Making “her”story while serving her community

 

Sierrah Mooney stands on the steps of one of the Greenbush Fire Department fire trucks. In mid-January, Mooney made history by becoming the first woman firefighter on the Greenbush Fire Department. (photo by Ryan Bergeron)

Just over six minutes into a story interview on February 12 at The Tribune with Sierrah Mooney, the loud noise of the fire siren went off a block west. Mooney instantly arose from her seat at the round table in the office, ran to the door, briefly fumbled with unlocking the door— locked from the inside— before opening it and running out the door without an explanation.

She was headed to the Greenbush Fire Department to go on a fire run. About 40 minutes later, she returned from this run to finish the interview, one she was doing for the exact reason she had to leave it— she had become the first woman firefighter on the Greenbush Fire Department.

After a vote by Greenbush Fire Department members, Sierrah Mooney officially became a firefighter on the department in mid-January. In the process, she made department history.

Mooney discussed the decision to eventually join the department, including the support to do so, her experience so far, her reception on the department, her thoughts on accomplishing this history-making achievement, her message to other women and young girls thinking of joining the fire department and what she looks forward to most about working on the department.

Greenbush Fire Chief Randy Jenson also commented on the achievement, the department’s decision-making process, requirements, and training to become a firefighter, and Mooney’s performance to this point.

Mooney remembers a time when the fire siren went off in Greenbush while she was heading uptown for something. She doesn’t remember the exact specific date this happened, estimating a couple months ago, but does remember the thought that drifted through her mind as she sat at the stop sign letting the first trucks go by that day.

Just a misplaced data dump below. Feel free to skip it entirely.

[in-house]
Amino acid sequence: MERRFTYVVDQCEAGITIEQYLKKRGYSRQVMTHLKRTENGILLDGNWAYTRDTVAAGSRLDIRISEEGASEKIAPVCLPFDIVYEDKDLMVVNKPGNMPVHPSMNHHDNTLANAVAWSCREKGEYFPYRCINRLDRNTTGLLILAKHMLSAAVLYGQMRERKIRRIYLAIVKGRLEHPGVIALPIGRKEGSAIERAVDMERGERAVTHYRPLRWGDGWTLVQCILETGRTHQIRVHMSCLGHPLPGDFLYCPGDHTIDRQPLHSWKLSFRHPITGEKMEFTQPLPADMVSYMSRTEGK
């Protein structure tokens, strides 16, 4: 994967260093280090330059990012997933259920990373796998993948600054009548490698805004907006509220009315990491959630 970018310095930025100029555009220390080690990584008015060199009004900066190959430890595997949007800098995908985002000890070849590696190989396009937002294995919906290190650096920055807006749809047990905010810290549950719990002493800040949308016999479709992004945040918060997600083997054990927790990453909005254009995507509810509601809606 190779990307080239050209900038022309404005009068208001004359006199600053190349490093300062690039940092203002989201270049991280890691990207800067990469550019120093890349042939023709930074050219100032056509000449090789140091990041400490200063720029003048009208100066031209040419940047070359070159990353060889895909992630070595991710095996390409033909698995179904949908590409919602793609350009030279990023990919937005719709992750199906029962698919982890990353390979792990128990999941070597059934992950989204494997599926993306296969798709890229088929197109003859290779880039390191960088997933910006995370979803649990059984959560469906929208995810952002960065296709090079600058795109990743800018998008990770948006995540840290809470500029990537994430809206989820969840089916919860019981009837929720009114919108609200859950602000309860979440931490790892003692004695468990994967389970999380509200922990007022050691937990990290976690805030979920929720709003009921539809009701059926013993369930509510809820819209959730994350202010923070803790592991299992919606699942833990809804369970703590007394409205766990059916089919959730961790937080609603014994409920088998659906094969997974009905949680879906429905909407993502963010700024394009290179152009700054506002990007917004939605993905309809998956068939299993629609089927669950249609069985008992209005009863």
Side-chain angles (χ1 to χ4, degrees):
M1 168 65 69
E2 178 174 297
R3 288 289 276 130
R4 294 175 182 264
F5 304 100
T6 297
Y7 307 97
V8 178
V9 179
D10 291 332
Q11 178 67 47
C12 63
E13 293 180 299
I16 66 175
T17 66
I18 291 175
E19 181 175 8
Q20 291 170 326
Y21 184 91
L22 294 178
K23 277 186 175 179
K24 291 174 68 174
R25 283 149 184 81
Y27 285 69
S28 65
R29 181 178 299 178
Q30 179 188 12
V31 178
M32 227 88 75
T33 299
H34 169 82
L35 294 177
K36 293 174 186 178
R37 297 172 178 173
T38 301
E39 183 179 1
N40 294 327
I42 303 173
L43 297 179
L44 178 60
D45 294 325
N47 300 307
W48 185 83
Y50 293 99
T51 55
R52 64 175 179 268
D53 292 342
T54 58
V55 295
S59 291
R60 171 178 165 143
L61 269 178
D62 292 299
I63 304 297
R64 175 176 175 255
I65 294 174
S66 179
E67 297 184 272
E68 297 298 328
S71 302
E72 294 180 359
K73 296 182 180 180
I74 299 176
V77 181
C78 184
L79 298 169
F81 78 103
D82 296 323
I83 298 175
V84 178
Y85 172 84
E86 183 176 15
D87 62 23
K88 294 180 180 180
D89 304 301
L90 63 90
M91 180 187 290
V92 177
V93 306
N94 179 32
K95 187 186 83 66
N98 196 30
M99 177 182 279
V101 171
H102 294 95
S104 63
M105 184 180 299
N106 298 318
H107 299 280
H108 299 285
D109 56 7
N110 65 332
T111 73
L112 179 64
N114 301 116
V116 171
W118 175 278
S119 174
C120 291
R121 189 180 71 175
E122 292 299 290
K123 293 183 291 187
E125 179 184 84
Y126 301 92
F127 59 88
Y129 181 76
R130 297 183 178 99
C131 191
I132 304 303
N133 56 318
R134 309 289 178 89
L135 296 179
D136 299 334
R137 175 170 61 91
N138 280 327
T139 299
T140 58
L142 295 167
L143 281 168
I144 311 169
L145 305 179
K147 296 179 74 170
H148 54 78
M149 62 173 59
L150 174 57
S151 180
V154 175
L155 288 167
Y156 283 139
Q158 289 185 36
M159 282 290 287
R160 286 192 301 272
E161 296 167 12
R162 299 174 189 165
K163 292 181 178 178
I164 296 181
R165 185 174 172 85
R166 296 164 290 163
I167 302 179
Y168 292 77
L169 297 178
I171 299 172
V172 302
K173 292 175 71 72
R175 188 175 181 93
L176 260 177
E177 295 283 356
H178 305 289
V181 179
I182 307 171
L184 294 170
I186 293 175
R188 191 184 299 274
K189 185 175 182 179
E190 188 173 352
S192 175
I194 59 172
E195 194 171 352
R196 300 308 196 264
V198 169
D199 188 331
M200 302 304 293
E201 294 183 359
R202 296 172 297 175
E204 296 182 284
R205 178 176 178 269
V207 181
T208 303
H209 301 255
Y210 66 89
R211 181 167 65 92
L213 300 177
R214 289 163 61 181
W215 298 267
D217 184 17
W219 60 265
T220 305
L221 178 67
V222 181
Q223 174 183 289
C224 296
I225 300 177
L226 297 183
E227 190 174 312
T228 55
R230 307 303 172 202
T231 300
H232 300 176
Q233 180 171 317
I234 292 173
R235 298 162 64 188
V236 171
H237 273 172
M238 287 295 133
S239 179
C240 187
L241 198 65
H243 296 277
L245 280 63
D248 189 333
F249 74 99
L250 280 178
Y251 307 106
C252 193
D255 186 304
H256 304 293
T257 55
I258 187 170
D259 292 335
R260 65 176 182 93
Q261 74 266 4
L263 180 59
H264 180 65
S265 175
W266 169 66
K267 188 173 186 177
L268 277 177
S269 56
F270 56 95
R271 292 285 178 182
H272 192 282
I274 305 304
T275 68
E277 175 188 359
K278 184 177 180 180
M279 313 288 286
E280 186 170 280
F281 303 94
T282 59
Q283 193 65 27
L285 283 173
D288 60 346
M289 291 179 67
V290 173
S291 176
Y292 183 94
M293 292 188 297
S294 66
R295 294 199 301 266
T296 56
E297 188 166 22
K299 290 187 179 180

“I was like, you know, it’d be cool to join the fire department,” Mooney said. “… When I was younger, I always wanted to be an EMT, and I tried getting into the classes in Roseau, but with COVID, they couldn’t really figure out a plan on how to do it or whatever. So I was like, okay, maybe the next step is the fire department.”

Fire Chief Jenson talked to Mooney’s dad, Danny, and asked him if his daughter Sierrah wanted to be on the fire department. Danny came home and asked her and she thought it would be cool, but set the thought to the side for a little while. Jenson asked her again and, this time, she said yes.

Having the support from her family to do this, she made this decision to join the department for the opportunity to help out her community. So far, she has appreciated the feeling doing this job has given her.

“Every time that the siren goes off, I just get that adrenaline,” Mooney said. “… (I will) be able to help the community when they’re in need.”

Mooney went on her first ever fire run as part of the department on January 27 at about 4 am. On this first run, her mother Joni did get worried, not able to fall asleep knowing it was her daughter’s first call.

“When I came back, she texted me,” Mooney said. “She’s like, ‘Are you okay? How’d it go?’… I’m like, ‘Mom, I’m fine.’”

Fire Chief Jenson said she and Aaron Schneider— the other member to join department at the same time as her— have performed well to this point.

As for Jenson’s reaction to Mooney joining the department, he was excited about it. He explained how the department is not discriminatory, always being open to women joining.

“There’s a lot of fire departments around, whether they’re volunteer or full-time that have female firefighters on their departments,” Jenson said. “And they’re great. They’re doing a very good job.”

Several women, Jenson said, have inquired about joining the Greenbush Fire Department in the past, but none have gone as far as Mooney in the process.

“When we do our process on bringing on new firefighters, it (Mooney joining) was received extremely well at the department,” Jenson said.

Outside her work as a firefighter, Mooney, a 2018 Greenbush-Middle River graduate, began working at Central Boiler-Altoz in Greenbush last August. There, she works on the mower line. Other than that, she said her two nieces and two nephews keep her on her feet.

Mooney has a message to young girls and women thinking about doing what she just did.

“Being a firefighter isn’t just a man’s job,” Mooney said. “You know, women can do it too.”

She didn’t participate in the Explorer Program as a high school student, but wishes she would have. The Greenbush Fire Department offers this program, one giving local junior and senior boys and girls some real-life firefighting experiences.

Now, Mooney just looks forward to this opportunity to serve her community— to respond those fire siren calls in an instant— and encourages other interested women to do the same.

“Young girls that are doing the Explorer Program, if they do find the interest in it, (I encourage them) to keep going with it,” Mooney said, “join the fire department, and just kind of keep that trail moving.”

To see the complete story, read the February 24 issue of The Tribune in print or online.

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